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Organ and tissue donor

Thu 16th Jun 2022

Being an organ and tissue donor is something every Australian should consider. Wouldn't you want to learn more knowing you could help make a difference to someone's health or even save a life?

To understand why it's important, where to register and how your decision can help people waiting for transplants, read our article to help you come to a conclusion that is right for you.

What organ donation is

An extraordinary act of generosity, organ donation is when organs are legally authorised to be removed from a donor and then transplanted into a person who is either very unwell or dying from organ failure.

Organs can involve: kidneys, lungs, heart, liver, large intestine or pancreas.

What tissue donation is

Tissue donation is when tissue is legally authorised to be removed from a donor and then transplanted into another person.

Types of tissue include: heart valves, heart tissue, blood veins, bone, skin, ligaments, tendons, parts of the eye, pancreas tissue or amniotic tissue

Why organ and tissue donation is important

There are currently around 1,850 Australians on the waitlist and wait times can be anywhere between 6 months and 4 years. DonateLife said that due to the impacts of COVID-19, 2021 saw the 2nd year donation and transplantation services in Australia significantly reduced. This unfortunate decline follows from 10 years of continued growth since the Australian Government Organ and Tissue Authority - DonateLife program was established in 2009.

Organ donation process

Because only 2% of people who die in hospital can be considered for organ donation it is a rare event. A successful transplant can only happen following the death of someone in a hospital ICU or ED because the deceased's organs must be working to be transferred.

Who organ and tissue donation effects

It's a big misconception that a person can be too young, old or unhealthy to donate - almost everyone can help save another person's life by being an organ and tissue donor.

Your decision in being a donor could help another life in a number of ways. For example: a very unwell person suffering from kidney disease or a person who needs an urgent tissue transplant because they suffered severe burns and require skin grafts or surgery where bones need to be replaced or a new cornea in order to save a person's eyesight.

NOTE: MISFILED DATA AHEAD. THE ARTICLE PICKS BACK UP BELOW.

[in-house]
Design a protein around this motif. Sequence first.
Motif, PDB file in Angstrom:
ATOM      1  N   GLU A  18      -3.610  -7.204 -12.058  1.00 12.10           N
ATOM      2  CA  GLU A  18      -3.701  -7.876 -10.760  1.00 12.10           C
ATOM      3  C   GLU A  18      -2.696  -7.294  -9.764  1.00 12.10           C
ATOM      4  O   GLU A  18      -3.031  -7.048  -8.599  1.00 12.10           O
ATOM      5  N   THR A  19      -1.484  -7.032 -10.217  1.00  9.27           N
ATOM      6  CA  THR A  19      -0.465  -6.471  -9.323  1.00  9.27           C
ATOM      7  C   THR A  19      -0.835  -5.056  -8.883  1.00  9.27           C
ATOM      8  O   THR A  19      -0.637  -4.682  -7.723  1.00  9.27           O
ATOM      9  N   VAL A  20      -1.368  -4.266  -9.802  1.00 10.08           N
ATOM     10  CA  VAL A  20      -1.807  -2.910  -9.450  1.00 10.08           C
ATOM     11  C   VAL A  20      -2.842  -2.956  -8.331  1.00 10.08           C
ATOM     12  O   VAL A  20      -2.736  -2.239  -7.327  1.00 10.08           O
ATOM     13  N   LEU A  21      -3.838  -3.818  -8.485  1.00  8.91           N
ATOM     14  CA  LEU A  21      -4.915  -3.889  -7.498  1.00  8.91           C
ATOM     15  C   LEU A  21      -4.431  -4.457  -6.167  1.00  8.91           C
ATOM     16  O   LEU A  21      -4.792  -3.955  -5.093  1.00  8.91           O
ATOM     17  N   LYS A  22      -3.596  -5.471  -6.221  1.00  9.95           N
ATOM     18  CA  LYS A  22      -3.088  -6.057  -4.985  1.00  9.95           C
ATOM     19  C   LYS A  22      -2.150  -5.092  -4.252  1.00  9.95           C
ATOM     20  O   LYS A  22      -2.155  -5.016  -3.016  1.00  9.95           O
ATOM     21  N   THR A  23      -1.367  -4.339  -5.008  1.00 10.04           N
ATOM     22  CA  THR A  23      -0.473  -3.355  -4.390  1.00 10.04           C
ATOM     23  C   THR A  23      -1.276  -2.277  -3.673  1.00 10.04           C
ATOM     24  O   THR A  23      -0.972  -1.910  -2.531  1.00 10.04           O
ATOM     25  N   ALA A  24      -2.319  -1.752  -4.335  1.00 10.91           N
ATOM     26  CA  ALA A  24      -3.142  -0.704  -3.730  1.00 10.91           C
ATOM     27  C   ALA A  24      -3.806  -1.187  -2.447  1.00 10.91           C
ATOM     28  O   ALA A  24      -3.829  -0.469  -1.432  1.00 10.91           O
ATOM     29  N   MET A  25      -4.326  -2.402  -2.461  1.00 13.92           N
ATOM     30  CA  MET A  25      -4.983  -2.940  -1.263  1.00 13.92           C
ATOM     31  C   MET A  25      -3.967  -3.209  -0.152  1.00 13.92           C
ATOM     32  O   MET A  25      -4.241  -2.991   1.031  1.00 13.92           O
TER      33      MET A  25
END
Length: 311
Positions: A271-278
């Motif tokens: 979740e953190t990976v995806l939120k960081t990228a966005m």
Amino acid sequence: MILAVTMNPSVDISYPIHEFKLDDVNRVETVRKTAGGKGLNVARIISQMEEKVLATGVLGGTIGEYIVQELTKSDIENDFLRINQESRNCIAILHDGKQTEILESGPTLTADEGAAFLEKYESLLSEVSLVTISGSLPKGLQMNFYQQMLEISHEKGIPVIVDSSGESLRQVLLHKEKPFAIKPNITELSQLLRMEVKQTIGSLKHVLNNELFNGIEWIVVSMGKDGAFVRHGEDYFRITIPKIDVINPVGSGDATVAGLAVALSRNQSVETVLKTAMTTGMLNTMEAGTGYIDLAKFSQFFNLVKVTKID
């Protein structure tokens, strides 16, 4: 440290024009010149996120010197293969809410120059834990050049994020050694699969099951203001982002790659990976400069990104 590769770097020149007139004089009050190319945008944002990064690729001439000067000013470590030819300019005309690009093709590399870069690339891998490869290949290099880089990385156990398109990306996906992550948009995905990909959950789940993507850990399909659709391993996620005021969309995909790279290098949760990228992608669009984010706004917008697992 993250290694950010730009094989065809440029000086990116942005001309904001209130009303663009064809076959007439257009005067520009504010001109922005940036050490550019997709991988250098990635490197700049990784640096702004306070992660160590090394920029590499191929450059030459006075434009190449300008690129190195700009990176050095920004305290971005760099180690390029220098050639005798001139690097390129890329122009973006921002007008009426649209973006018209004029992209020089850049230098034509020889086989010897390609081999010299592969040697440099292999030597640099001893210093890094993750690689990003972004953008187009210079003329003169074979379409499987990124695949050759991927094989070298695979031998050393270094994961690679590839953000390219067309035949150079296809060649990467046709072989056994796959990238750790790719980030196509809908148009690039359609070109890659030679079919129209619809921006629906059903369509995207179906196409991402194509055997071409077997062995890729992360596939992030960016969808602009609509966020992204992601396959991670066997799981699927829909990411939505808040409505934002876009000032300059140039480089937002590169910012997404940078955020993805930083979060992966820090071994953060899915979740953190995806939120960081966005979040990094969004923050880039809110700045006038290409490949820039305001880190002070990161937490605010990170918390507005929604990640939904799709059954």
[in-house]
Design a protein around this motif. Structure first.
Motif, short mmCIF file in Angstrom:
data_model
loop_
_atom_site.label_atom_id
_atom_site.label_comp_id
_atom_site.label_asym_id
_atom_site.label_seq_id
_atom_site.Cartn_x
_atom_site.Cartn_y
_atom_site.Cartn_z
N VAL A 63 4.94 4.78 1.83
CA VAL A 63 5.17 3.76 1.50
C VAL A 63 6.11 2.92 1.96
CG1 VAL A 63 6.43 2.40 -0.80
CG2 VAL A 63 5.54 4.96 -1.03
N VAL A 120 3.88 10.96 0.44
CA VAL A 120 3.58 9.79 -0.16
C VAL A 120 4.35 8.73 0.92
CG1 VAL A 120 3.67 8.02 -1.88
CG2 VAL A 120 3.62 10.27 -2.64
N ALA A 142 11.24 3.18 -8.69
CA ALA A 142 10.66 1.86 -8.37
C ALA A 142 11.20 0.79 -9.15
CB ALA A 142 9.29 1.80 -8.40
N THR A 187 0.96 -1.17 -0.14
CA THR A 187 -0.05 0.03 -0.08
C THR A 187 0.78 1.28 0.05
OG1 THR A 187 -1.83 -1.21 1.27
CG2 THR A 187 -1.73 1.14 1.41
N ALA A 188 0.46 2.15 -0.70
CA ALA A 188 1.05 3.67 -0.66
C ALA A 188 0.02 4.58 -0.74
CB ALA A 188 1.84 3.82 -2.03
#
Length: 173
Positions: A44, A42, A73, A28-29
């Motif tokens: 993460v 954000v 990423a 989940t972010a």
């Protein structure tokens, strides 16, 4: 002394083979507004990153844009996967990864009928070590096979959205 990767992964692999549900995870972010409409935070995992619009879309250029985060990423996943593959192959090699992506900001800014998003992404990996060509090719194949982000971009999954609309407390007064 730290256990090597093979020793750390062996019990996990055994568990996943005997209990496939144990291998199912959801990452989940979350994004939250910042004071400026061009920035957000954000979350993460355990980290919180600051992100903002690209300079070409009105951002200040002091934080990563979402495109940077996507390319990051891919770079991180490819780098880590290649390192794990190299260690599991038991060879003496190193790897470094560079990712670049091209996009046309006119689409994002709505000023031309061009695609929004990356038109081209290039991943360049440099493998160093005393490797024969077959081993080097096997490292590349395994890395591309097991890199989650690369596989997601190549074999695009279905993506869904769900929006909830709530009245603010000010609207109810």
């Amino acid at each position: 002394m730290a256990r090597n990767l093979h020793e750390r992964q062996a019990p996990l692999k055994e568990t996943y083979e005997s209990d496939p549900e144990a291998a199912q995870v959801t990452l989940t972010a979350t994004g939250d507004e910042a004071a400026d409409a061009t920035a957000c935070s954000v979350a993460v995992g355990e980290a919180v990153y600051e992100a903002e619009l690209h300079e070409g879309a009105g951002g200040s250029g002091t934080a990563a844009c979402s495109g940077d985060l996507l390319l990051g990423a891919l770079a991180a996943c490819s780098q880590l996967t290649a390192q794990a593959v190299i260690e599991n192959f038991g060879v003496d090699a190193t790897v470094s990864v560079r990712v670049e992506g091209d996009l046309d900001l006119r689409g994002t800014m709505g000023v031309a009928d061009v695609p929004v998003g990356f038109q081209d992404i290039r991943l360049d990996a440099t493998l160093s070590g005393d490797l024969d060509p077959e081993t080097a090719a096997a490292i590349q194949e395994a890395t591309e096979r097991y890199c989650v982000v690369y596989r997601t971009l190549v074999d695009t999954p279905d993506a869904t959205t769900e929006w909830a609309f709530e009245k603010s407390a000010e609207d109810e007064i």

Who can be a donor

Almost every Australian can decide to be an organ and tissue donor if they are over the age of 18 and have legally recorded consent. People aged 16 or 17 do also have the option to register their interest.

Although medical history is considered, every Australian is reminded not to conclude they are too old, unhealthy or too young. This is a big misconception and an unfortunate one for there could be more donors than there are currently because of it.

It is important to have a conversation with your family about your decision to donate to avoid any confusion after you have passed away or should you become unfit to make decisions of this nature yourself.

Understanding living donation

Most people understand you can choose to donate your organs and tissue following your death, but did you know you can be a living donor too?

This occurs when someone donates a kidney or or part liver for example to another person, most often a relative or close friend. An anonymous donor is one who donates to a person they don't know on the transplant waiting list.

Because a living organ donor has to undergo major surgery and take on all the risks and long recovery that goes with it, the Australian government has a Supporting Living Organ Donors Program. This program supports donors who have given a kidney or part liver to someone who needed it. For more information (because there is a lot) you can visit health.gov.au to learn more.

How to register

You can either choose to be a living donor or be an organ and tissue donor after you die. Making the decision to do either is an extraordinary gift to pass on to another person and can make a life changing difference to a family's life.   The only place you can legally record becoming a living donor or an organ and tissue donor is with the Australian Organ Donor Register. If you have registered your decision to be a donor in the past - by ticking a box on your drivers licence for example, it is still important to check your donation status on the Australian Organ Donor Register.

If you need help making a decision or need more information on what you can donate, who can donate, the process of donation, the team at DonateLife are available Monday to Friday 8.30am to 5pm 1800 777... or www.donatelife.gov.au/

Sources:  

  • https://www.health.gov.au/health-topics/organ-and-tissue-donation/organ-and-tissue-donation-in-australia
  • https://www.healthdirect.gov.au/organ-and-tissue-donation
  • https://www.health.gov.au/initiatives-and-programs/supporting-living-organ-donors-program